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Andrew Limbong

Andrew Limbong is a reporter and producer for NPR's Arts Desk, where he reports, produces, and mixes arts and culture pieces of all kinds. Previously, he was a producer and director for Tell Me More. He originally started at NPR in 2011 as an intern for All Things Considered.

A little boy decked out in a pink rhinestone cowboy outfit travels around a farm and points out things that bring him joy. "A is for adventure. Every day is a brand new start. B is for boots — whether they're big or small, short or tall. C is for country," the story goes.

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One night in the 1950s Diane di Prima was at a party at Allen Ginsberg's place in New York City. It was usual poet stuff — talking, reading, smoking, drinking — until 11:30 p.m. came around and di Prima said she was going home to relieve her babysitter. Jack Kerouac, also a guest, shouted, "Di Prima, unless you forget about your babysitter, you're never going to be a writer."

James Randi hated tricking people. Sure, as The Amazing Randi, he pulled off amazing escape acts and sleight of hand maneuvers faster than you could see — but it was all in service of proving that he wasn't magical in any sense of the word. He hated tricking people so much he made a career out of debunking so-called psychics, faith healers, and fortune tellers of all sorts.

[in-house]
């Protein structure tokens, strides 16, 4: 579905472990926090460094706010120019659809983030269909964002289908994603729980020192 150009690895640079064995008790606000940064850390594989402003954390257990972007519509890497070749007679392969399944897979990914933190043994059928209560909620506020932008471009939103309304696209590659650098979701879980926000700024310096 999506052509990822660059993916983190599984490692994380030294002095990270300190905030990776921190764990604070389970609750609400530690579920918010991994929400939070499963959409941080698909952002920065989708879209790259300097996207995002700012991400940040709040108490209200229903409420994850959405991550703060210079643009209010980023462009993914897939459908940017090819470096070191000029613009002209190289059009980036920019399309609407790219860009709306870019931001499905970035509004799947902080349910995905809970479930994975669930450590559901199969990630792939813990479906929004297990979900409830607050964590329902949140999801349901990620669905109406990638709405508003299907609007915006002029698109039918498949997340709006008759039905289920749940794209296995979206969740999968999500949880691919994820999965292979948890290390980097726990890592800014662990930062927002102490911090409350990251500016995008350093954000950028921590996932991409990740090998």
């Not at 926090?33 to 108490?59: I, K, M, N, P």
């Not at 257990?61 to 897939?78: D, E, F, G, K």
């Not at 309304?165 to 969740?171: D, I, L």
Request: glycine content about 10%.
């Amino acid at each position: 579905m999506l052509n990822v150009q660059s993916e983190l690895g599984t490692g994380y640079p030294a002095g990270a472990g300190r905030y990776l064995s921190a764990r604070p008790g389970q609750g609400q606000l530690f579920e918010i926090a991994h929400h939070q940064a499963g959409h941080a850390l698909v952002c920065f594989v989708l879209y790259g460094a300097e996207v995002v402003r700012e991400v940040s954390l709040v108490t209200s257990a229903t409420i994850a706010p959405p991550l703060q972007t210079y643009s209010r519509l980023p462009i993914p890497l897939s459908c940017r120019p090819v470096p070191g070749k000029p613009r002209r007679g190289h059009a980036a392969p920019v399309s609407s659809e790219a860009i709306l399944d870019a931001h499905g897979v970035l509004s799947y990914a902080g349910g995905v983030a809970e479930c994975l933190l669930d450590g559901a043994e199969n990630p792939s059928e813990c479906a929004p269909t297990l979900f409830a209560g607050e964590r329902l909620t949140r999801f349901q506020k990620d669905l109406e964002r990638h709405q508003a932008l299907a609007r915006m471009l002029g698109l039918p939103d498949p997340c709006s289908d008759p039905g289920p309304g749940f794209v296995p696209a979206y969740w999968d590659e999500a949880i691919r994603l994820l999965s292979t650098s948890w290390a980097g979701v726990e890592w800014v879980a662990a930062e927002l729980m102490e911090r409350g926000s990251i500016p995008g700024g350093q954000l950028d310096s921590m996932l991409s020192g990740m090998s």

Spencer Davis, the multi-instrumentalist and leader of the band that bore his name, has died at the age of 81. The Spencer Davis Group recorded such hits as "Gimme Some Lovin' " and "I'm a Man." Davis wasn't the lead singer on either song though, giving that job to a teenage Steve Winwood.

Davis died Monday while being treated for pneumonia, according to his tour manager and friend, Bob Birk, who worked with the musician for decades.

In a statement to NPR, Birk called him a "highly ethical, very talented, good-hearted, extremely intelligent, generous man."

Call it professionalism, but there are some things Cheryl Pilate just can't say. She's a criminal defense attorney in Kansas City, Mo., and toes a fine line between getting attention for her clients' stories and being bound by professional ethics.

"As a lawyer, frequently I feel — and I know many others feel — constrained in the language that we use, " she says. "We're mindful of our professional responsibilities and how we need to carry those out."

Conchata Ferrell, who played the gruff, straight-talking maid, Berta, on Two and a Half Men, has died. She died Monday in Sherman Oaks, CA following complications from a cardiac arrest. Her manager confirmed the news to NPR. She was 77 years old.

In what was originally planned to be a two-episode arc in the show's first season, Ferrell's Berta became an integral part of the show, seeing it through its entire 12-season run. She was nominated for two Emmys for Best Supporting Actress.

There will be no shows on Broadway until May 30 at least.

The news comes from the Broadway League, the trade association representing theater producers and owners. According to a press release, the specific dates for returning and new shows will be announced individually, depending on the production schedule for each show.

This is, of course, yet another economic blow from COVID-19.

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This is what guitar sounded like when played by Eddie Van Halen.

(SOUNDBITE OF VAN HALEN SONG, "JUMP")

The Supreme Court has declined to hear a case alleging that the band Led Zeppelin plagiarized the opening of one of its signature songs, "Stairway to Heaven." This upholds a previous March ruling that landed in favor of Zeppelin, and possibly ends a legal battle that has gone on since 2014.

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